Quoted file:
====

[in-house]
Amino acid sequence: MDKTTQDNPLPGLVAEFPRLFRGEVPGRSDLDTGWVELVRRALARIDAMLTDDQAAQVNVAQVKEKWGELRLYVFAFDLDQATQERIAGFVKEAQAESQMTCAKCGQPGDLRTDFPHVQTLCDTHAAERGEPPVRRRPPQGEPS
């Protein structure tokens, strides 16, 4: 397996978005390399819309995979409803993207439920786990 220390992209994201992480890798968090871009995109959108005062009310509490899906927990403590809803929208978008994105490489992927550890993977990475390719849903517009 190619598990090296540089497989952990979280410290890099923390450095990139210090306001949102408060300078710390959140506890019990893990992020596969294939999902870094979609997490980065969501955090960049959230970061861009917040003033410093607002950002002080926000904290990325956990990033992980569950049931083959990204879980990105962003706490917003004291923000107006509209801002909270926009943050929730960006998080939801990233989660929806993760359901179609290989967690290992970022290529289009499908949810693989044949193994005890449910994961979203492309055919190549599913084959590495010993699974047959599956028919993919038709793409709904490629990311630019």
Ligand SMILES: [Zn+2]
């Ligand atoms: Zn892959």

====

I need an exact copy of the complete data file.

[in-house]
Amino acid sequence: MDKTTQDNPLPGLVAEFPRLFRGEVPGRSDLDTGWVELVRRALARIDAMLTDDQAAQVNVAQVKEKWGELRLYVFAFDLDQATQERIAGFVKEAQAESQMTCAKCGQPGDLRTDFPHVQTLCDTHAAERGEPPVRRRPPQGEPS
């Protein structure tokens, strides 16, 4: 397996978005390399819309995979409803993207439920786990 220390992209994201992480890798968090871009995109959108005062009310509490899906927990403590809803929208978008994105490489992927550890993977990475390719849903517009 190619598990090296540089497989952990979280410290890099923390450095990139210090306001949102408060300078710390959140506890019990893990992020596969294939999902870094979609997490980065969501955090960049959230970061861009917040003033410093607002950002002080926000904290990325956990990033992980569950049931083959990204879980990105962003706490917003004291923000107006509209801002909270926009943050929730960006998080939801990233989660929806993760359901179609290989967690290992970022290529289009499908949810693989044949193994005890449910994961979203492309055919190549599913084959590495010993699974047959599956028919993919038709793409709904490629990311630019």
Ligand SMILES: [Zn+2]
């Ligand atoms: Zn892959």